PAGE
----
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Crittenden Compromise // Corwin Amendment

On November 10, 1860, four days after the election of Republican Abraham Lincoln as president, the South Carolina legislature became the first to call for a convention to consider seceding from the Union.  Elections were held on December 6, and the convention opened on December 17.  On December 20, 1860, delegates to the South Carolina convention unanimously approved a secession resolution, making it the first of 11 Southern slave states to leave the Union.  The cover of the December 22, 1860 issue of Harper’s Weekly pictured the congressional delegation from the seceding state of South Carolina. 

On December 18, the U.S. Senate formed a special Committee of Thirteen to find a “plan of adjustment” that would solve the secession crisis.  The same day, Senator John Crittenden of Kentucky, a committee member, proposed six constitutional amendments and four congressional resolutions aimed at appeasing and keeping the slave states in the Union.  Crittenden was a former Whig whose political mentor had been Henry Clay, known as the “Great Compromiser” for his role in creating the Missouri Compromise and the Compromise of 1850.  In early 1860, Crittenden had been a founder of the Constitutional Union Party, which urged voters not to let the slavery issue tear the nation apart.  That December, Crittenden’s congressional resolutions offered stronger protection of the Fugitive Slave Law.  His proposed constitutional amendments would have: 

  1. extended the old Missouri Compromise line of 36° 30' to California, allowing slavery below and banning it above the line, and protecting slavery from congressional interference;

  2. forbidden Congress from banning slavery on federal property in slave states (e.g., military post);

  3. prevented Congress from abolishing slavery in the District of Columbia as long as it was legal in Maryland and Virginia;

  4. banned Congress from interfering with the interstate slave trade;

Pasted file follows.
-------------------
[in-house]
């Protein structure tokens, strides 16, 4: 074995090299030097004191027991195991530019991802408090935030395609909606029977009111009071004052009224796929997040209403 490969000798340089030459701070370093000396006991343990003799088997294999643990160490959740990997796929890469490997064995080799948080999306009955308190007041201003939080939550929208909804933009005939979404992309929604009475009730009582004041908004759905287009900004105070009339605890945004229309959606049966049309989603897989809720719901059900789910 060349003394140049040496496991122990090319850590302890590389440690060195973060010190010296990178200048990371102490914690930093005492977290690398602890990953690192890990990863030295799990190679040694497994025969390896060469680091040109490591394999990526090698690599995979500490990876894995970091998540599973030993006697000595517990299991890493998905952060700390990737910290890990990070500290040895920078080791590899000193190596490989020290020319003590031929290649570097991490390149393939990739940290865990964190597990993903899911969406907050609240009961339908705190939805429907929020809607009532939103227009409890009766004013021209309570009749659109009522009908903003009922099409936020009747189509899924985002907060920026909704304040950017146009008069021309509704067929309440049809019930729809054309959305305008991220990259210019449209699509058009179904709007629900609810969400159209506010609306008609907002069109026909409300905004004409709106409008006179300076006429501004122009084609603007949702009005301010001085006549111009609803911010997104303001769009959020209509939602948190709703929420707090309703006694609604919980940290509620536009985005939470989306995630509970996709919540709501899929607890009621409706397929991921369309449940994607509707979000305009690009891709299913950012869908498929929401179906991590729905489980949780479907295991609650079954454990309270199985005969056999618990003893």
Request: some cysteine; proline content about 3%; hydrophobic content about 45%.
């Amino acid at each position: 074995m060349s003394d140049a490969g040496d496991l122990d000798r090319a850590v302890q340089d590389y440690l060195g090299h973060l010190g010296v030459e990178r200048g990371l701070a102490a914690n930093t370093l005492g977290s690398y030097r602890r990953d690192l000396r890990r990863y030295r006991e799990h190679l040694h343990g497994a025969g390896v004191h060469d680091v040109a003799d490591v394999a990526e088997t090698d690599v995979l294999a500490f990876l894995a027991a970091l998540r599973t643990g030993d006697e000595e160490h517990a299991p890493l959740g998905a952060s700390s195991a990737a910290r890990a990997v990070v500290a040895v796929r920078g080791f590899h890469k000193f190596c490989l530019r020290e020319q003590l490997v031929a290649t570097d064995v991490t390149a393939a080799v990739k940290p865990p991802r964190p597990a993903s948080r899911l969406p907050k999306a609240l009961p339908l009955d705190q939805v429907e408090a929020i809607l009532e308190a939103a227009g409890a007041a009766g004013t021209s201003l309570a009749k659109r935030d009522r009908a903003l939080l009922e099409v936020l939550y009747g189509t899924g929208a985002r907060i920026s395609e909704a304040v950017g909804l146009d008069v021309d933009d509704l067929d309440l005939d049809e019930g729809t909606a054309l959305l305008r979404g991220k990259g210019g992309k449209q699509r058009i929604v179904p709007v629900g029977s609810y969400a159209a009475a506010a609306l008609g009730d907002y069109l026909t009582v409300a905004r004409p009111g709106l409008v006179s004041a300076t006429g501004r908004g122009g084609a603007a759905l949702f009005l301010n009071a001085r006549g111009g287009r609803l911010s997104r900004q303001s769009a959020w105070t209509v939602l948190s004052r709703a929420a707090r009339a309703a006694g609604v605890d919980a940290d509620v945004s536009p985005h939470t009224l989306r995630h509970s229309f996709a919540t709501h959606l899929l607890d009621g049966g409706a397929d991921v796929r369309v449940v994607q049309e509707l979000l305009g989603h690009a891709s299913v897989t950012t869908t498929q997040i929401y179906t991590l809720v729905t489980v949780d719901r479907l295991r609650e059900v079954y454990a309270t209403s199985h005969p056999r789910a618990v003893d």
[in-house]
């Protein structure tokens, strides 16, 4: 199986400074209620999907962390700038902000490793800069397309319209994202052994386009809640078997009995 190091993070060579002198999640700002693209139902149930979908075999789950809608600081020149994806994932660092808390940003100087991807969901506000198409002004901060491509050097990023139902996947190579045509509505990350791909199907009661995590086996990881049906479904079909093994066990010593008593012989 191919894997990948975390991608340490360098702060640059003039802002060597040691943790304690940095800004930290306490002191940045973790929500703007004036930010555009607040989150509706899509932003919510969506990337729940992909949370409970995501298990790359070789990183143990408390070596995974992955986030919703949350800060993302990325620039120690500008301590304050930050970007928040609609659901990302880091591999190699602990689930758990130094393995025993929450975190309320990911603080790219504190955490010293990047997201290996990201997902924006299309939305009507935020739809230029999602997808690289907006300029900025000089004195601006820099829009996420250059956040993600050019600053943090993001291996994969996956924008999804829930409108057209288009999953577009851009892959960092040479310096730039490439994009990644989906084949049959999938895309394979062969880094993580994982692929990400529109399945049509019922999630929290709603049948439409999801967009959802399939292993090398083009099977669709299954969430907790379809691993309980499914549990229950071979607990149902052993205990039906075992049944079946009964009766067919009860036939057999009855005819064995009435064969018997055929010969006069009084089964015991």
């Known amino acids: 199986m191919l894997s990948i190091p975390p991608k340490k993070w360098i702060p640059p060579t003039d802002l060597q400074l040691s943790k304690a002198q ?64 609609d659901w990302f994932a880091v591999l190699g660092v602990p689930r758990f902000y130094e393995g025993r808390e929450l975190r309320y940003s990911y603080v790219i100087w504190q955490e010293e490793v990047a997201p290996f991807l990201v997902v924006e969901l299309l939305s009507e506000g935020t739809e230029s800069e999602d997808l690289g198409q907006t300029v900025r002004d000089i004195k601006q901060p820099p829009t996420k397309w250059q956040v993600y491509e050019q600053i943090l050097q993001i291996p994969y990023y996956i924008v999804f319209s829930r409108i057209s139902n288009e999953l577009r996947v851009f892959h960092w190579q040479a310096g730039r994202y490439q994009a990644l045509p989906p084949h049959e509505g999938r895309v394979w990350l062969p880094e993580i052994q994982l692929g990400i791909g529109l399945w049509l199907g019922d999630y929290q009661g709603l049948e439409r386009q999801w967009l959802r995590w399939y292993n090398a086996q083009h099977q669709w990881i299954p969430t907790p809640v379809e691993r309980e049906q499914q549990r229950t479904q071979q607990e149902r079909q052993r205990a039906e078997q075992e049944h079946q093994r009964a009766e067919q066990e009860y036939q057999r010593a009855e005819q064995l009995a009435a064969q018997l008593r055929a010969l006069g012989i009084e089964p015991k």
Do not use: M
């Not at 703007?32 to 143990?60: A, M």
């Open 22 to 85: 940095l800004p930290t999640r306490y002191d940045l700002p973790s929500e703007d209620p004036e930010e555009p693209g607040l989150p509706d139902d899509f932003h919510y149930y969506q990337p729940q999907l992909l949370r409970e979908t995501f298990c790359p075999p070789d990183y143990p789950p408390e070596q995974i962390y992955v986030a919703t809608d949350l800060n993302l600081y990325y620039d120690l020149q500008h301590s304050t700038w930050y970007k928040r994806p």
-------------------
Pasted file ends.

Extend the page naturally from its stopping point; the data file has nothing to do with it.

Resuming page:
5. mandated Congress to compensate owners of runaway slaves;  and,

  6. made the other five amendments and the 3/5 and fugitive slave clauses of the Constitution not subject to repeal.

The Crittenden Compromise was unacceptable to President-elect Lincoln because it would have expanded slavery into the Western territories and given perpetual protection to the institution.  The five Republicans on the Committee of Thirteen voted against it.  The six Border State and Northern Democrats on the committee favored the Crittenden Compromise, but the two senators from the Deep South wanted assurances that the slavery zone would apply to future territory as well.  Republicans feared that Southern Democrats wanted to expand U.S. territory and slavery south into the Caribbean, Mexico, and Central America.  On December 31, 1860, the Committee of Thirteen reported to the full Senate that it was unable to agree on any measure.   

Another member of the Committee of Thirteen was Senator Robert Toombs of Georgia.  Over his political career, he had changed from being a moderate Whig and unionist into a Democrat and a supporter of secession.  He would later serve briefly as the Confederacy’s first secretary of state and then for almost two years as a Confederate general.  In a telegraph message to his Georgia constituents, published in the January 5, 1861 issue of Harper’s Weekly, Toombs lamented the defeat of the Crittenden Compromise and other proposals, including his own, for which he blamed the “Black Republicans” (a derogatory term for white Republicans who opposed slavery).  His proposals reaffirmed the Kansas-Nebraska Act doctrine of allowing the territories to decide the question of slavery, protected slavery from Congressional intervention, and strengthened enforcement of the Fugitive Slave Act.  The Committee of Thirty-Three mentioned in the telegram refers to a special House committee (equivalent to the Senate Committee of Thirteen), which had also failed to endorse any compromise proposal.  In the telegram, Toombs claimed that all efforts at compromise have been exhausted and, therefore, endorsed immediate secession.

Harper's Weekly References

1)  December 22, 1860, p. 801

2)  January 5, 1861, p. 6, c. 4
“Domestic Intelligence” column, “Senator Toombs for Secession at Once”

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Crittenden Compromise // Corwin Amendment





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